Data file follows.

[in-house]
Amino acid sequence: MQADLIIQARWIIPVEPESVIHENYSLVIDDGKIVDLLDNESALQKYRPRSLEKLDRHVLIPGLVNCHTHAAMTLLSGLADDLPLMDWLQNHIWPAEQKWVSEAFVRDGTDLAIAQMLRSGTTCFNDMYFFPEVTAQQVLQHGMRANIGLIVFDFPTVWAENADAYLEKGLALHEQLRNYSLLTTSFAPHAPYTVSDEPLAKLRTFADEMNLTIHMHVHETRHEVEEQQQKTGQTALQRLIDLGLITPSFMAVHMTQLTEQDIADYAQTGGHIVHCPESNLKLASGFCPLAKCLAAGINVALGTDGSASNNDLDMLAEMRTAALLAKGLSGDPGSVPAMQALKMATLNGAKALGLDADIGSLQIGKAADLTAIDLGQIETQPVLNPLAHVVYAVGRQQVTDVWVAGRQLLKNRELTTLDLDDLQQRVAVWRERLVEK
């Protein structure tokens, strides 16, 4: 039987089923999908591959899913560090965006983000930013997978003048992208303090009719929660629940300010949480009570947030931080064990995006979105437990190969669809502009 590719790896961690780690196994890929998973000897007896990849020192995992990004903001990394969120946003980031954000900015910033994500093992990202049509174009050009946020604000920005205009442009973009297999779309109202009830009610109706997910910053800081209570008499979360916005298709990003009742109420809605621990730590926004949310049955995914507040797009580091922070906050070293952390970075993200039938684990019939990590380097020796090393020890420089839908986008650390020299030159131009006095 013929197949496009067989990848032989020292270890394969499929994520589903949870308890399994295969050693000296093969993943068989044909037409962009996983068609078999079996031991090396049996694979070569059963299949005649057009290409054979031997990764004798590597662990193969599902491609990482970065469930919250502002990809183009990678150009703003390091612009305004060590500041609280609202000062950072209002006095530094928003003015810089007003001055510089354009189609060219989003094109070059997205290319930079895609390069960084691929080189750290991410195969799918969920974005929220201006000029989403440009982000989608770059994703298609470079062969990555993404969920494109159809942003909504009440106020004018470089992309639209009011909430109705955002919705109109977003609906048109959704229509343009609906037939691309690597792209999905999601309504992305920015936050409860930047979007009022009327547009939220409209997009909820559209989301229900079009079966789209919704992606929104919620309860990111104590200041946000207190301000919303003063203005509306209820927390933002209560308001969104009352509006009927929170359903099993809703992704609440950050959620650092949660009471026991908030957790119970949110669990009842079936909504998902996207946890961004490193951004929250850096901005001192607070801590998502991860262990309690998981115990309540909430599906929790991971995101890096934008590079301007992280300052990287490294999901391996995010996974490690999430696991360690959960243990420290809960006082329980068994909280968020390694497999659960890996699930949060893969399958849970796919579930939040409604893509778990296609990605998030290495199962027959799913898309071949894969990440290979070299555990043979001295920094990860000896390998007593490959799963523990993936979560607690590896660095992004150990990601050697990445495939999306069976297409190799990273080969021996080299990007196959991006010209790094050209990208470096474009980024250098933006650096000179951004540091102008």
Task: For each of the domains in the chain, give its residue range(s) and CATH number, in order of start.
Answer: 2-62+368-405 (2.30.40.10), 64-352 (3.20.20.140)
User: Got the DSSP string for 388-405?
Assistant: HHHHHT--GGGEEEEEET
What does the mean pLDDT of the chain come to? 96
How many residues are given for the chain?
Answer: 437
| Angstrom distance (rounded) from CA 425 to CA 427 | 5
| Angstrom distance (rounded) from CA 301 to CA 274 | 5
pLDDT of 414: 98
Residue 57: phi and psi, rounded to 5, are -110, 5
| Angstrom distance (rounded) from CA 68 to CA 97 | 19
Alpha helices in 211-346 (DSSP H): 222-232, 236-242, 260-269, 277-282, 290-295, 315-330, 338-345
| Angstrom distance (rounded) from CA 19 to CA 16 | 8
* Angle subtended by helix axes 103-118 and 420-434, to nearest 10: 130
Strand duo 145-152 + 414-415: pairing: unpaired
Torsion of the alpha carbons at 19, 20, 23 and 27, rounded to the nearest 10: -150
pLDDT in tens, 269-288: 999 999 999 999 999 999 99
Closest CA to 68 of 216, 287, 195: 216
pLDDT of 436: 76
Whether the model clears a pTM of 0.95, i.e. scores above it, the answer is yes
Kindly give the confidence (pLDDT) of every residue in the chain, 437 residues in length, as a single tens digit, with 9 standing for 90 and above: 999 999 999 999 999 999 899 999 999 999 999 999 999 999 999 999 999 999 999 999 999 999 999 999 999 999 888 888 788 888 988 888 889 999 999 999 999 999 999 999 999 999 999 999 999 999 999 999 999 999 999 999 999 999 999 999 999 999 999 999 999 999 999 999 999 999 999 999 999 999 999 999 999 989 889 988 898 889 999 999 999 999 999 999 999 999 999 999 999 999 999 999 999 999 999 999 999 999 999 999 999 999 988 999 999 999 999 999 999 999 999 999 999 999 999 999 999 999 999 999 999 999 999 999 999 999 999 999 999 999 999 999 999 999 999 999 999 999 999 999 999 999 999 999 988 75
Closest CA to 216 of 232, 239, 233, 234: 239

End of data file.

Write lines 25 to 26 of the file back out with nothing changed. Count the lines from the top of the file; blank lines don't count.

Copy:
Kindly give the confidence (pLDDT) of every residue in the chain, 437 residues in length, as a single tens digit, with 9 standing for 90 and above: 999 999 999 999 999 999 899 999 999 999 999 999 999 999 999 999 999 999 999 999 999 999 999 999 999 999 888 888 788 888 988 888 889 999 999 999 999 999 999 999 999 999 999 999 999 999 999 999 999 999 999 999 999 999 999 999 999 999 999 999 999 999 999 999 999 999 999 999 999 999 999 999 999 989 889 988 898 889 999 999 999 999 999 999 999 999 999 999 999 999 999 999 999 999 999 999 999 999 999 999 999 999 988 999 999 999 999 999 999 999 999 999 999 999 999 999 999 999 999 999 999 999 999 999 999 999 999 999 999 999 999 999 999 999 999 999 999 999 999 999 999 999 999 999 988 75
Closest CA to 216 of 232, 239, 233, 234: 239